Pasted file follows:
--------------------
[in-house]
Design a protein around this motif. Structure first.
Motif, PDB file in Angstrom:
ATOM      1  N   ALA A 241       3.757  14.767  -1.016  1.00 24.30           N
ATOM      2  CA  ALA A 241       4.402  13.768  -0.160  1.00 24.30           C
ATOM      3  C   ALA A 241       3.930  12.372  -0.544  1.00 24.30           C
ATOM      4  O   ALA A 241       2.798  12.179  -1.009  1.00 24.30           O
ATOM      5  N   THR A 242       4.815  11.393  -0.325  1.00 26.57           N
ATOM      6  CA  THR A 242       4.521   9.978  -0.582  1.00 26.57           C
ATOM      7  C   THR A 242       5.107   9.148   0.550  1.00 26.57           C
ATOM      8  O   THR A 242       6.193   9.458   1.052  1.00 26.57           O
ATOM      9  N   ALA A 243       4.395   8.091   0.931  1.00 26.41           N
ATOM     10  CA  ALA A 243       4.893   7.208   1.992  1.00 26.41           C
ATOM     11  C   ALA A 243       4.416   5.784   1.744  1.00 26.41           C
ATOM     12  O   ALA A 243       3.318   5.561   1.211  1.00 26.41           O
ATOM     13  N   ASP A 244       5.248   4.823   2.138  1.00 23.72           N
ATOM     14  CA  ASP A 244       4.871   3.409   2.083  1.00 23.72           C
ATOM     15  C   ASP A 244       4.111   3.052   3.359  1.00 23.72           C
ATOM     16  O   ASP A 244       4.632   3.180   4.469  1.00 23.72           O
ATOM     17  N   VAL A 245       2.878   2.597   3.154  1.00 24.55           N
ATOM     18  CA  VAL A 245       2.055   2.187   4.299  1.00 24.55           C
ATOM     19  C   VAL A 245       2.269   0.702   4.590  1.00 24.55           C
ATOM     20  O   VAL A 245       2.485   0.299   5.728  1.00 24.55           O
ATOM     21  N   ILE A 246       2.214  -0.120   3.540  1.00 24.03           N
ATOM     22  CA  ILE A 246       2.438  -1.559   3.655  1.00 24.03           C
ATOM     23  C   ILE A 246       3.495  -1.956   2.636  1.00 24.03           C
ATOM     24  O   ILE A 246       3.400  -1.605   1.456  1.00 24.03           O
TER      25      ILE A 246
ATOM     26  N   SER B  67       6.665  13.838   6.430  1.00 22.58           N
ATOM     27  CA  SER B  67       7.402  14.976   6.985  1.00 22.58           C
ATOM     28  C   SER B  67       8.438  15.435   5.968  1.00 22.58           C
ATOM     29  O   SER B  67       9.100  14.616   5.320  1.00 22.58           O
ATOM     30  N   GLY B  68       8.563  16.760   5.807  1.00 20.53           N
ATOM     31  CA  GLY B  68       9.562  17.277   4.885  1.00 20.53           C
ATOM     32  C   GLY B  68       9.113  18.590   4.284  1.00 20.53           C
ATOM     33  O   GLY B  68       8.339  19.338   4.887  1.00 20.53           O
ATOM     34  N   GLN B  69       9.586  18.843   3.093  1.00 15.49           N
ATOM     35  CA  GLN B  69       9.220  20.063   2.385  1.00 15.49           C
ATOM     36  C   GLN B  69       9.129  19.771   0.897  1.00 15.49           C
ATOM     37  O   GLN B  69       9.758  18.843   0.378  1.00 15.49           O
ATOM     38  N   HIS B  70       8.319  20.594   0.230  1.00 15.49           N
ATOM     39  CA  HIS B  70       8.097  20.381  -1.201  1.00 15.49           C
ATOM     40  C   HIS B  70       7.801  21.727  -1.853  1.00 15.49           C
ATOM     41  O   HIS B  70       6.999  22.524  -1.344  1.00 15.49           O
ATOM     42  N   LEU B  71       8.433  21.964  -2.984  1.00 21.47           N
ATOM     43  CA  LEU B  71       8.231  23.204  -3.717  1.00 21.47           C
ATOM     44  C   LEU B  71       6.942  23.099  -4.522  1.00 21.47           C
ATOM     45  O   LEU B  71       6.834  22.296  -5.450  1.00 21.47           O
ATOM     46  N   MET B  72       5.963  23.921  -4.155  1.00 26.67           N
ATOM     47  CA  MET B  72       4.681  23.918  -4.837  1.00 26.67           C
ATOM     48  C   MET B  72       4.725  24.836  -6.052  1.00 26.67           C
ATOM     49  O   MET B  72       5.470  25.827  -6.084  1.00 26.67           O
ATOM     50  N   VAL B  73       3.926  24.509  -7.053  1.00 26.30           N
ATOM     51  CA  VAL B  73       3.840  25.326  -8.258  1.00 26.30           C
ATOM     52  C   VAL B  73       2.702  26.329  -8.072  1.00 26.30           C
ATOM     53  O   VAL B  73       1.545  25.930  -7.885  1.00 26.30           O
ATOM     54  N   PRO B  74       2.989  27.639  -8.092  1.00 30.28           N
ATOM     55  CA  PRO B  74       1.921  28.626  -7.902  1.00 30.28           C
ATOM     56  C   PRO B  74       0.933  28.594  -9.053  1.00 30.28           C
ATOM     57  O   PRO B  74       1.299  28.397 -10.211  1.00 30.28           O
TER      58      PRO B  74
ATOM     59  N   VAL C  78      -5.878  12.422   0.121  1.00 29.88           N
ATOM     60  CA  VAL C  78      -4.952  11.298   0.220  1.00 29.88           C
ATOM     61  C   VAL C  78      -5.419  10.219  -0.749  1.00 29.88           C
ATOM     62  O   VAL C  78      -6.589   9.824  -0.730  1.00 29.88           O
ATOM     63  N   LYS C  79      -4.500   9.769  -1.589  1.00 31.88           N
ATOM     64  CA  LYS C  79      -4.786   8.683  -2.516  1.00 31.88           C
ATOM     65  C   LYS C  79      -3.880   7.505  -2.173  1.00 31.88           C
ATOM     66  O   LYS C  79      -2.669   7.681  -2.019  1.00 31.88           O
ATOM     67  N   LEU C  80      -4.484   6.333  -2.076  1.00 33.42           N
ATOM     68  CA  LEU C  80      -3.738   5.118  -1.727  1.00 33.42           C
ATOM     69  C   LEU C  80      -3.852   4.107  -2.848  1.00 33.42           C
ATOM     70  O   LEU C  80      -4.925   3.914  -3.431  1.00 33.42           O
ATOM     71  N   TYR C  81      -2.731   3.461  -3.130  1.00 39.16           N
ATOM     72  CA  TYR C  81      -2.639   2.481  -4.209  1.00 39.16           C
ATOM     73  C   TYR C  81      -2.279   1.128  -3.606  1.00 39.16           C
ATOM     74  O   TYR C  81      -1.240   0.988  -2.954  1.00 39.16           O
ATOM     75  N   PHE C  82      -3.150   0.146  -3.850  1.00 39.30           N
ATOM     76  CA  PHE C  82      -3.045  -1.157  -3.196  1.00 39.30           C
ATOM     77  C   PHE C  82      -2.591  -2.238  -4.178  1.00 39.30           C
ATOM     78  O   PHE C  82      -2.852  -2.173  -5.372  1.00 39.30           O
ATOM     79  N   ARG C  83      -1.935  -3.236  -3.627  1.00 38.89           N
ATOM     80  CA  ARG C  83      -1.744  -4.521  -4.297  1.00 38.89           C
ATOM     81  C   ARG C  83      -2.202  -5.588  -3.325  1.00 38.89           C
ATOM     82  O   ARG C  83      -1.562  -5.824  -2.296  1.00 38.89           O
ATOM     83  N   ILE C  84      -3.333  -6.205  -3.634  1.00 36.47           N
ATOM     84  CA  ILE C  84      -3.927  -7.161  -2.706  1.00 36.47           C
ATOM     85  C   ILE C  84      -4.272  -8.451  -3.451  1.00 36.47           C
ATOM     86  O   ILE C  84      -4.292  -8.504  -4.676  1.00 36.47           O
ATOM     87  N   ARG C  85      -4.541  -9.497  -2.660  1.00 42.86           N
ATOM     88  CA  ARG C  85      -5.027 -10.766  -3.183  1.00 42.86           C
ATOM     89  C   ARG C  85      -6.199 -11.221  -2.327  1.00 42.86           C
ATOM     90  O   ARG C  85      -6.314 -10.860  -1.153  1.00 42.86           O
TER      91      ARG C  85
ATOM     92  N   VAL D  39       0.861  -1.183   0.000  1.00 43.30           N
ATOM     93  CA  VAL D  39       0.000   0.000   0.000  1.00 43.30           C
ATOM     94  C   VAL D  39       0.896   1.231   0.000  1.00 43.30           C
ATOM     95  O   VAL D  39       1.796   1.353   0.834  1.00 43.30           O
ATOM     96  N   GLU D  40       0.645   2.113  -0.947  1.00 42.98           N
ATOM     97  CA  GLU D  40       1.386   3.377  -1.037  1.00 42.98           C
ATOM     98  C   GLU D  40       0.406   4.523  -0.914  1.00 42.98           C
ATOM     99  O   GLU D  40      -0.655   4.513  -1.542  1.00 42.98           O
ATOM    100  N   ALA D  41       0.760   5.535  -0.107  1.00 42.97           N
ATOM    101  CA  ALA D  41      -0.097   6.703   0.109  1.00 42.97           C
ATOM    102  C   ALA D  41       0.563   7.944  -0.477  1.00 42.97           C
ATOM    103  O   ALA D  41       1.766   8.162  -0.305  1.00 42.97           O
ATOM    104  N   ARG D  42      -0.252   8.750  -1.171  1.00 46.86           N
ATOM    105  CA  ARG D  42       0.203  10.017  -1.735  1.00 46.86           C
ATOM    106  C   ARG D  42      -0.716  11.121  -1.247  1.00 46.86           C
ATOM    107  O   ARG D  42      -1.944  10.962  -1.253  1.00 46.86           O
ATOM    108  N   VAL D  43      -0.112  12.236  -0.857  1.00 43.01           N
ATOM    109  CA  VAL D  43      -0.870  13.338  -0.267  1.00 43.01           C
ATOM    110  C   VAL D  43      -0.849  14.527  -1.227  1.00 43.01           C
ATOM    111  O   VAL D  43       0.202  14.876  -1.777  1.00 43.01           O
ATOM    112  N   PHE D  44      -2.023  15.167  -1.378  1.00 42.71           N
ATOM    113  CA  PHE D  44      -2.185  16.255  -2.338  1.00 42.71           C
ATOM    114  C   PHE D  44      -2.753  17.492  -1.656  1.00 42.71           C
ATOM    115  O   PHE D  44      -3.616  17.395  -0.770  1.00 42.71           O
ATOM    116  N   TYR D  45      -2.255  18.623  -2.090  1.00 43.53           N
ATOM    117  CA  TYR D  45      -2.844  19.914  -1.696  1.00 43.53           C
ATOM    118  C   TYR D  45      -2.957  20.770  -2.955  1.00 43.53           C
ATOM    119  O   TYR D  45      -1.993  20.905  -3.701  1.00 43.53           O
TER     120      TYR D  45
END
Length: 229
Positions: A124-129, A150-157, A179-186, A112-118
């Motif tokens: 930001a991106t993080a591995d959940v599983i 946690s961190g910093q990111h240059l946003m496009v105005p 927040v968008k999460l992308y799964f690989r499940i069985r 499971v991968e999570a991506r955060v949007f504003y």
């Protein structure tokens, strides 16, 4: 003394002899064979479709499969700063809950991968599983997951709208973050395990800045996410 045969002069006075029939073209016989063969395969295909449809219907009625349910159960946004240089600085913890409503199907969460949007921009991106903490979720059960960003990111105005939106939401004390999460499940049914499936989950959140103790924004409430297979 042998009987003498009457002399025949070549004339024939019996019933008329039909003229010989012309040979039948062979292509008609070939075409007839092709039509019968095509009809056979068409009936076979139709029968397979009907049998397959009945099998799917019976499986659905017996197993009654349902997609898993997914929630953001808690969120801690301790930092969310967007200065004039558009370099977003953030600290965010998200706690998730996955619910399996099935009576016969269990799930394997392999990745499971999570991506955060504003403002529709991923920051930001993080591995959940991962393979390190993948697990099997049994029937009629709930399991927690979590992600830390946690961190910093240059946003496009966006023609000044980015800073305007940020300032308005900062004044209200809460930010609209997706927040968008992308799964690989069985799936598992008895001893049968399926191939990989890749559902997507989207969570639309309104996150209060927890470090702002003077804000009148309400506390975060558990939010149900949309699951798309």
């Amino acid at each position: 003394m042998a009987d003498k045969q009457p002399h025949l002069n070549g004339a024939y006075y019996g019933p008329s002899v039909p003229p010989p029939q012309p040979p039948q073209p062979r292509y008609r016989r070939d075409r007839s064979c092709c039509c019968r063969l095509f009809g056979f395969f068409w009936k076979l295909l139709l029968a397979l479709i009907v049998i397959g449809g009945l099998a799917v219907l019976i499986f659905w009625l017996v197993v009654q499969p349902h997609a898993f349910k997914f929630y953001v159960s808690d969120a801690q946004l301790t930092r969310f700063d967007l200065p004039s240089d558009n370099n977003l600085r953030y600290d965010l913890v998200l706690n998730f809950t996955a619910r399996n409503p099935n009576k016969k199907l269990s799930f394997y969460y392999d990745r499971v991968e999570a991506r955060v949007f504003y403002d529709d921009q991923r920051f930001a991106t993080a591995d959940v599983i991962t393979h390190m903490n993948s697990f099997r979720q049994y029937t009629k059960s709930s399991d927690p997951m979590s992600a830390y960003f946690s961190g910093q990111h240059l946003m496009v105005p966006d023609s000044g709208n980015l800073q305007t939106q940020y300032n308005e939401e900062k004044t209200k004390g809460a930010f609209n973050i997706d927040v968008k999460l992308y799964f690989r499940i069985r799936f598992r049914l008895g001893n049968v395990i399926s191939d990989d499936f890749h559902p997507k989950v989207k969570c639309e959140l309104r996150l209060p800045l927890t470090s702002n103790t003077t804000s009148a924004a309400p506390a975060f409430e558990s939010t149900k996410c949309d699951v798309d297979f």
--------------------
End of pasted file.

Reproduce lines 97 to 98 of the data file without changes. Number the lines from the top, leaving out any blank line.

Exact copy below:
ATOM     94  C   VAL D  39       0.896   1.231   0.000  1.00 43.30           C
ATOM     95  O   VAL D  39       1.796   1.353   0.834  1.00 43.30           O